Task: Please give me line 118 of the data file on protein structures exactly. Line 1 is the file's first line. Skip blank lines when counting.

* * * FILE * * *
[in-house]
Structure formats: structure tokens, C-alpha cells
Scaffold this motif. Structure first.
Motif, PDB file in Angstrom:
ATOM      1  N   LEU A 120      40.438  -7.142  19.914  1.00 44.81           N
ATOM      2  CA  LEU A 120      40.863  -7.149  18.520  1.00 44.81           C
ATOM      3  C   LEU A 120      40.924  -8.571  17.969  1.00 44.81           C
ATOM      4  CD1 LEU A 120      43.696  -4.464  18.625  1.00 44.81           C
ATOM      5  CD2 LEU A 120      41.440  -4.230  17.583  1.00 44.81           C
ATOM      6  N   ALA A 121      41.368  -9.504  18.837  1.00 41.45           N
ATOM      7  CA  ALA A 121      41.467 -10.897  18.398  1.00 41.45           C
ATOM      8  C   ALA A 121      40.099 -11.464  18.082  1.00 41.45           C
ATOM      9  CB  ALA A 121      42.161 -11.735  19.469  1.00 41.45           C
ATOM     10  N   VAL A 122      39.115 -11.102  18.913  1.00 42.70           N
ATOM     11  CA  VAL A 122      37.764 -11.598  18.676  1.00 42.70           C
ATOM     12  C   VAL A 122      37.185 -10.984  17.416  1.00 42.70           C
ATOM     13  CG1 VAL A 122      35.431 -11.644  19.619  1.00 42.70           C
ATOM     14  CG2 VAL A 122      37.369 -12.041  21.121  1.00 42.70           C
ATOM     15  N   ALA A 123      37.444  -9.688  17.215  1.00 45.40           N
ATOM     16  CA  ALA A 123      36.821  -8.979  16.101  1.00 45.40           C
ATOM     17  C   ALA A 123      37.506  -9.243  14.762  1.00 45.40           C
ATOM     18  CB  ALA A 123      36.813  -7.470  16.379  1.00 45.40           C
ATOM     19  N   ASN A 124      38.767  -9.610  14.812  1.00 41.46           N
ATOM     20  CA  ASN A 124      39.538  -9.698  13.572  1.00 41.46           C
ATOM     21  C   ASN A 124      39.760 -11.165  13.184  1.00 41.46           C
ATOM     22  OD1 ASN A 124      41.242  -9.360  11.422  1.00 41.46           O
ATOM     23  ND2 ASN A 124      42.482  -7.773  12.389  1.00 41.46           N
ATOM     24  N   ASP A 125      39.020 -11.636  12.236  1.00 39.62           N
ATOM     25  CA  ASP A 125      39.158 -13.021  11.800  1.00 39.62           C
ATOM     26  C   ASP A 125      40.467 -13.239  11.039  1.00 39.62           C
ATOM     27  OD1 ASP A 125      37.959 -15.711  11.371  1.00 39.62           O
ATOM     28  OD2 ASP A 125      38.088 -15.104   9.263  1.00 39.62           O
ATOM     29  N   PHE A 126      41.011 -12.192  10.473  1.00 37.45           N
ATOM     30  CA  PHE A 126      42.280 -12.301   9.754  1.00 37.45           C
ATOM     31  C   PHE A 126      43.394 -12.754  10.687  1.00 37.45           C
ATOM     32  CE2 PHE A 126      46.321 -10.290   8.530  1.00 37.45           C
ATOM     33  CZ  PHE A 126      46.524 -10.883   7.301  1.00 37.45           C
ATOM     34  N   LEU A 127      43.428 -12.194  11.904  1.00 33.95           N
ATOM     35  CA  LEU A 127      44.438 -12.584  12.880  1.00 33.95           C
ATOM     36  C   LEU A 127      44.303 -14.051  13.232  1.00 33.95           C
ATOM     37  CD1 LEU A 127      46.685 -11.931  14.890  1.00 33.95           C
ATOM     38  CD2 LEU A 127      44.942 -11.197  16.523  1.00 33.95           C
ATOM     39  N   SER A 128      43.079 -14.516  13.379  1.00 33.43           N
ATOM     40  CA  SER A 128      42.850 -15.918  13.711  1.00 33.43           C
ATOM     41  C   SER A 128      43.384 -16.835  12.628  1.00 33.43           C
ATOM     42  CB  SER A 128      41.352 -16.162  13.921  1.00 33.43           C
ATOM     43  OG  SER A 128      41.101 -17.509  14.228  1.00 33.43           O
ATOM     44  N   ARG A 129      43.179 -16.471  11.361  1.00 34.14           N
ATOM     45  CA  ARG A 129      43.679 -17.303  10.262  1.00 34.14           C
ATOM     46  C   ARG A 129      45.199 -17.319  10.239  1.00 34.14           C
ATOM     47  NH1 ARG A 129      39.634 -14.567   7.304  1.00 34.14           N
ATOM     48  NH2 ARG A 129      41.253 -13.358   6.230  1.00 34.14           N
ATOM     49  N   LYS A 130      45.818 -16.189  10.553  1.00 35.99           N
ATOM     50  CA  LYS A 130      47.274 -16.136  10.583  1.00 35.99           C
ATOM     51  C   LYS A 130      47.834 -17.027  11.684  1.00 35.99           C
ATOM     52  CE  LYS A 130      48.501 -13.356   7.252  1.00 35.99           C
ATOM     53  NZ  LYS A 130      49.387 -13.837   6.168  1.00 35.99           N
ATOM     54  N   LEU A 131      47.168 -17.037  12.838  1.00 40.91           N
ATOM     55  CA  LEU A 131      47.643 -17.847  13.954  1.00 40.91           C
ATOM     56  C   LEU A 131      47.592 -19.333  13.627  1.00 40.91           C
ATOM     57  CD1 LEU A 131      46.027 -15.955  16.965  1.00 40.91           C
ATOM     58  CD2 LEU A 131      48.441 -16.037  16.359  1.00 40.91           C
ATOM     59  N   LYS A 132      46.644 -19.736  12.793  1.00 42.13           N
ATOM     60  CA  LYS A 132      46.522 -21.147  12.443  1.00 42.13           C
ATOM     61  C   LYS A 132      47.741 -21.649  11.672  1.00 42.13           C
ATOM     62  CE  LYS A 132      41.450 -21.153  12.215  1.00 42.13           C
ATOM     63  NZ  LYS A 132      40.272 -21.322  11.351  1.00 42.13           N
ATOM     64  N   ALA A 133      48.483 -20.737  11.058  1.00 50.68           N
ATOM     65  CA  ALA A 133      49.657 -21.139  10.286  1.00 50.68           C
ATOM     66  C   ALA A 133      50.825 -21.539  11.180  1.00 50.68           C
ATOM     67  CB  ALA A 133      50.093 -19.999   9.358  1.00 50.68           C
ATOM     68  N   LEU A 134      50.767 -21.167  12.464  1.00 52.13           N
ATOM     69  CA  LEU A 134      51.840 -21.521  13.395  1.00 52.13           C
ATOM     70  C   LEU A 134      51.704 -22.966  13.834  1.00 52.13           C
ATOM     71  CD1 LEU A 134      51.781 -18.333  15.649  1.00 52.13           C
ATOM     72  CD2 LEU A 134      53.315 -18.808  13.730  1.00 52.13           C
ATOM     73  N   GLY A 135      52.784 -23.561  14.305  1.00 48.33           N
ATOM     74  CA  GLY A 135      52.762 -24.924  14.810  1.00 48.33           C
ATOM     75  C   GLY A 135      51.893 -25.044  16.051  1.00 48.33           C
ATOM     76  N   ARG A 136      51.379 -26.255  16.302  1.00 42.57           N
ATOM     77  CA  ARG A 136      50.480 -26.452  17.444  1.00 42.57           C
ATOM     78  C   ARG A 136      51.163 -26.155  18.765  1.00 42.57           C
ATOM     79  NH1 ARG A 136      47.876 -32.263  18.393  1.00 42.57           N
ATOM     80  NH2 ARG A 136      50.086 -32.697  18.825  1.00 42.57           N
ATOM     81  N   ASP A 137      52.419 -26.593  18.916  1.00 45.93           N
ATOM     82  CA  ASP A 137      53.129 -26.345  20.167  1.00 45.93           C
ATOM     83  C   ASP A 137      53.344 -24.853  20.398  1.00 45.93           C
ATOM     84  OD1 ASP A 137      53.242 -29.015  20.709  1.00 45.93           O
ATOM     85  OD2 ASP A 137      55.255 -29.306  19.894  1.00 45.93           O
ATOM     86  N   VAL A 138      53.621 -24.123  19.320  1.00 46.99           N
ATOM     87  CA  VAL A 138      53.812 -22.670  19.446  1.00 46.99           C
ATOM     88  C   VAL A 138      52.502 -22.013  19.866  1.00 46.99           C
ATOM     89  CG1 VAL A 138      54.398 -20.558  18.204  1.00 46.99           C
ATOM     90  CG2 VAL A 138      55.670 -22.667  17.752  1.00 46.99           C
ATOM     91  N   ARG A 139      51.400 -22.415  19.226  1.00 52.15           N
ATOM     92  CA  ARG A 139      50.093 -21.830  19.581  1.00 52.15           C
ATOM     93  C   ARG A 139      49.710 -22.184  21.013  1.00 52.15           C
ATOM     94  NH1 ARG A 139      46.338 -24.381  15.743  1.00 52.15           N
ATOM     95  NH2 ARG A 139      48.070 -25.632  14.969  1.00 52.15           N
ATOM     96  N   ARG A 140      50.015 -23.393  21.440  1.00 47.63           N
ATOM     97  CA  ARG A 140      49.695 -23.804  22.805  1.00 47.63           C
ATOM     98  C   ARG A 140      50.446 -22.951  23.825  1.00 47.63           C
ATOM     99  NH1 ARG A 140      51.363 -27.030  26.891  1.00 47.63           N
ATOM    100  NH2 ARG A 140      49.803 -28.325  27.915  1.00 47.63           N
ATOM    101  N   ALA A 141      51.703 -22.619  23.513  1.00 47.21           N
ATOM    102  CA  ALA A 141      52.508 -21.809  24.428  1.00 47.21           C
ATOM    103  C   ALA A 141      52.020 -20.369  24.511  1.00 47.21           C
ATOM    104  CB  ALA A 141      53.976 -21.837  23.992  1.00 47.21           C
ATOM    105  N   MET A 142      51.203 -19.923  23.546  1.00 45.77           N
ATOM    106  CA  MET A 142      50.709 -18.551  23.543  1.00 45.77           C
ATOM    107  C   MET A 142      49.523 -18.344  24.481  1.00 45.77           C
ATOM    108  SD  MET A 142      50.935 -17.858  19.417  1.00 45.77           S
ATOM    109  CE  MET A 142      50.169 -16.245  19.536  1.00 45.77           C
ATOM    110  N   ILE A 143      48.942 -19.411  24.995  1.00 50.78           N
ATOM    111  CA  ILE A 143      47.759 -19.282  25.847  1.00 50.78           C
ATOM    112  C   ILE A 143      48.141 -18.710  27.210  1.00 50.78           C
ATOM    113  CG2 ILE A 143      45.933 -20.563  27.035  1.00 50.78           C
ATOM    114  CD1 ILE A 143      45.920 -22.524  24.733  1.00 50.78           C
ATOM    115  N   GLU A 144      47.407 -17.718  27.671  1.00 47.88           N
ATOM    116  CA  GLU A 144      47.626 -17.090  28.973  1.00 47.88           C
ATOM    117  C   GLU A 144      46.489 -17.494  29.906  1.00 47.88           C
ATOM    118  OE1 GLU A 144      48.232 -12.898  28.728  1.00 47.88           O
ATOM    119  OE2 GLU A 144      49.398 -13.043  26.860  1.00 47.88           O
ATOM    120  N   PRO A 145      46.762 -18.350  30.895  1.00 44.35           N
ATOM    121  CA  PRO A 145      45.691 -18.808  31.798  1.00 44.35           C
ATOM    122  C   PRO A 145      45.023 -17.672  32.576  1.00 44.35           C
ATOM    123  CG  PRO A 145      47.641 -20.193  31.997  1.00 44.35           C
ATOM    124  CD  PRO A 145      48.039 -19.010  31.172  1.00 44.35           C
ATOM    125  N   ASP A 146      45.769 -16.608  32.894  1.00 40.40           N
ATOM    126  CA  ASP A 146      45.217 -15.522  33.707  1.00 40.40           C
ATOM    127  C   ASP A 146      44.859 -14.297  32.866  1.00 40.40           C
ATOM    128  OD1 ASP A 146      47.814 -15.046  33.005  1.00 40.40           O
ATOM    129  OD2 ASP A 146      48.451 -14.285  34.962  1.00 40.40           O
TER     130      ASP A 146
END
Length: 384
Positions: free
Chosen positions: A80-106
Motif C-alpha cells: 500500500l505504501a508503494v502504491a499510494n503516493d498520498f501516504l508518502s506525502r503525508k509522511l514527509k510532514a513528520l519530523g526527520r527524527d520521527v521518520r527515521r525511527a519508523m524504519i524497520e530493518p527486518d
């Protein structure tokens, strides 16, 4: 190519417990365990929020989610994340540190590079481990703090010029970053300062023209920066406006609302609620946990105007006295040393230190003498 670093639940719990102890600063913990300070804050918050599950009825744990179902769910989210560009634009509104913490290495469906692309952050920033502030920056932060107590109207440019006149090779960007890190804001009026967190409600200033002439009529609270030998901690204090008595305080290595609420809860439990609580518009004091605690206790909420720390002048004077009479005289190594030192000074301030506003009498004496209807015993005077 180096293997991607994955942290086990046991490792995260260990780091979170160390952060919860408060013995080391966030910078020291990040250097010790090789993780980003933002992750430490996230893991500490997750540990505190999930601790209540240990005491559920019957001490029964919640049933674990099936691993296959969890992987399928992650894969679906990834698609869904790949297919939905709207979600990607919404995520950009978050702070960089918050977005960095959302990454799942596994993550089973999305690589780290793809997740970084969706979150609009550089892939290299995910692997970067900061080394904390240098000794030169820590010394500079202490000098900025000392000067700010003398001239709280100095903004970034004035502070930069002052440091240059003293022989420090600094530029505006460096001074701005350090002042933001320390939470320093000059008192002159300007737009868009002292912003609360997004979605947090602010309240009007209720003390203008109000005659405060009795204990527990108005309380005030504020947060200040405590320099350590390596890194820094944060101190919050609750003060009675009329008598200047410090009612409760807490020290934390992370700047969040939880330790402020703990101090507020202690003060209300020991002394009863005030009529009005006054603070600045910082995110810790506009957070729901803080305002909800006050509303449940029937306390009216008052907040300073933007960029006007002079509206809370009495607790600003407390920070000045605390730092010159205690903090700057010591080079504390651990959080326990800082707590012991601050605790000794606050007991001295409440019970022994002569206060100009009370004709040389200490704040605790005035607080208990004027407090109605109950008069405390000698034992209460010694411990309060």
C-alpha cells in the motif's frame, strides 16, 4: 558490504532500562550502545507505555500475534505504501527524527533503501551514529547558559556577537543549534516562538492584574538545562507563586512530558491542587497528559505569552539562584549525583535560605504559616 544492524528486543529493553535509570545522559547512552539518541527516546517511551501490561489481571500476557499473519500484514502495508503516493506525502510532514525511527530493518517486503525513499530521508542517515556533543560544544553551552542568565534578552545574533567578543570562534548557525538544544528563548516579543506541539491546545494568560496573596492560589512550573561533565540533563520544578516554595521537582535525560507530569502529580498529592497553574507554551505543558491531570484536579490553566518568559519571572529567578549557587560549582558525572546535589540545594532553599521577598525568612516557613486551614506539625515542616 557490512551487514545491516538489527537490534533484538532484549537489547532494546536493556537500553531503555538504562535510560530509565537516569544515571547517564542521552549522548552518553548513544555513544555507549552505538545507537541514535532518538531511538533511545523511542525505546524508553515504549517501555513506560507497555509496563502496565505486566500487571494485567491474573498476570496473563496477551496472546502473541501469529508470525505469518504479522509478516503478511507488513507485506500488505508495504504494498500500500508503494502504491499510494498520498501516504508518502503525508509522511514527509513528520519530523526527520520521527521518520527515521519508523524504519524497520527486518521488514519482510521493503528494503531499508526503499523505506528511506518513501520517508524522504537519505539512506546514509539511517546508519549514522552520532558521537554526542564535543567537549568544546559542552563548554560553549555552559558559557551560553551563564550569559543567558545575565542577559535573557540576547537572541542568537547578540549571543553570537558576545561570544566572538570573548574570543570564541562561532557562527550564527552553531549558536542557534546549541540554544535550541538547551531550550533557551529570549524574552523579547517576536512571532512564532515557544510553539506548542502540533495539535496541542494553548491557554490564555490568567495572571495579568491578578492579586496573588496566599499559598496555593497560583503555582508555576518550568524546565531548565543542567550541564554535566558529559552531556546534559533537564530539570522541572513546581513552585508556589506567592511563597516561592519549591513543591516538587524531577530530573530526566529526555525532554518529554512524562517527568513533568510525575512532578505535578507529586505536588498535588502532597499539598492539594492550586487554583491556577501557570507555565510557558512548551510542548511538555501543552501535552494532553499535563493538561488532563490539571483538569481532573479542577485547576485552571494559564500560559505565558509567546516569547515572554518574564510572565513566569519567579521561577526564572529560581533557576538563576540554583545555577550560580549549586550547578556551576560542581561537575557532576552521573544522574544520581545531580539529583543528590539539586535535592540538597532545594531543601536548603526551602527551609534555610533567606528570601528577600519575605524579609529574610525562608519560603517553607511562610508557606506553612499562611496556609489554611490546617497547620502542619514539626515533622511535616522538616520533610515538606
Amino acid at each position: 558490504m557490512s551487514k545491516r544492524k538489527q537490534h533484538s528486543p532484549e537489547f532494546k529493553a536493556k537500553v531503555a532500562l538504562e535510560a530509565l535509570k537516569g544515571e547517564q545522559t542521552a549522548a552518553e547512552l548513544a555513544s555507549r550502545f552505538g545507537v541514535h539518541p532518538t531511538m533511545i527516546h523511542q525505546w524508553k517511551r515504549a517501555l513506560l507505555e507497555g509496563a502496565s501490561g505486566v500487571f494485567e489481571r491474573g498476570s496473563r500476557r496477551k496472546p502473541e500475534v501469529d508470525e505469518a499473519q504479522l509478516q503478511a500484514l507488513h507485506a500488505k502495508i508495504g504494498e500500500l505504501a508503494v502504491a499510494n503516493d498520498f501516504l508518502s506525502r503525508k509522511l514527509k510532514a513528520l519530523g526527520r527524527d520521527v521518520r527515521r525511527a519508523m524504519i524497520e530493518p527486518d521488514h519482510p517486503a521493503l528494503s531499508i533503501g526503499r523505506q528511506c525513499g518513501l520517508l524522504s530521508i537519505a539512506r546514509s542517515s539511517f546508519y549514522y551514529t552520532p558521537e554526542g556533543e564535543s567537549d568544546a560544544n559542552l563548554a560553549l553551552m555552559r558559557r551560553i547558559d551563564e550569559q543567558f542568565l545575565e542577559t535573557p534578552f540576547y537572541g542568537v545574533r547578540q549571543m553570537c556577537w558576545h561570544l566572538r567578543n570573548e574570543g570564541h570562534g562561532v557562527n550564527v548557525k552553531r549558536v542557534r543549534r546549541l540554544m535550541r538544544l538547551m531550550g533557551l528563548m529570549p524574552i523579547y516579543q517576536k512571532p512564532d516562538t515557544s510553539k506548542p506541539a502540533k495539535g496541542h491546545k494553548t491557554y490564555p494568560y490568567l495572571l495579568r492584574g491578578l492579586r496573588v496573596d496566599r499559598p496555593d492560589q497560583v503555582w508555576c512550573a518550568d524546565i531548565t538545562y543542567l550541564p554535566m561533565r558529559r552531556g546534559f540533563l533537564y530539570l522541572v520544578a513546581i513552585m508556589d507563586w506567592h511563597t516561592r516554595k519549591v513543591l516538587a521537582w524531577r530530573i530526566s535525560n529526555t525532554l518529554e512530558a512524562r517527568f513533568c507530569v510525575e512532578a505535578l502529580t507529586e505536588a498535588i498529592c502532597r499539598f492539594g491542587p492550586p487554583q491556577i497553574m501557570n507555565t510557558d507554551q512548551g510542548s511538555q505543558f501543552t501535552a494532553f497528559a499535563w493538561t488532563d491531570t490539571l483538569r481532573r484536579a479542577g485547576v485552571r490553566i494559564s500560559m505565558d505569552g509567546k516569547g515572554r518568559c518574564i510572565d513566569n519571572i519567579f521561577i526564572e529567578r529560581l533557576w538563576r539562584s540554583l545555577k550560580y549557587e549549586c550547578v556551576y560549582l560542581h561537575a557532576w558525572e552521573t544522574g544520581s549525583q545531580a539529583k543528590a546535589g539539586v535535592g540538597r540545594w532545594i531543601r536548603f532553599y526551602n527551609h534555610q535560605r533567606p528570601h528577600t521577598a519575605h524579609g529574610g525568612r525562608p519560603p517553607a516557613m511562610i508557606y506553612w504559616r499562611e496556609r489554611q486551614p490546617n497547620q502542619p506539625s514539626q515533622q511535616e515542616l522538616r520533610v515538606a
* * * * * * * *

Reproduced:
ATOM    114  CD1 ILE A 143      45.920 -22.524  24.733  1.00 50.78           C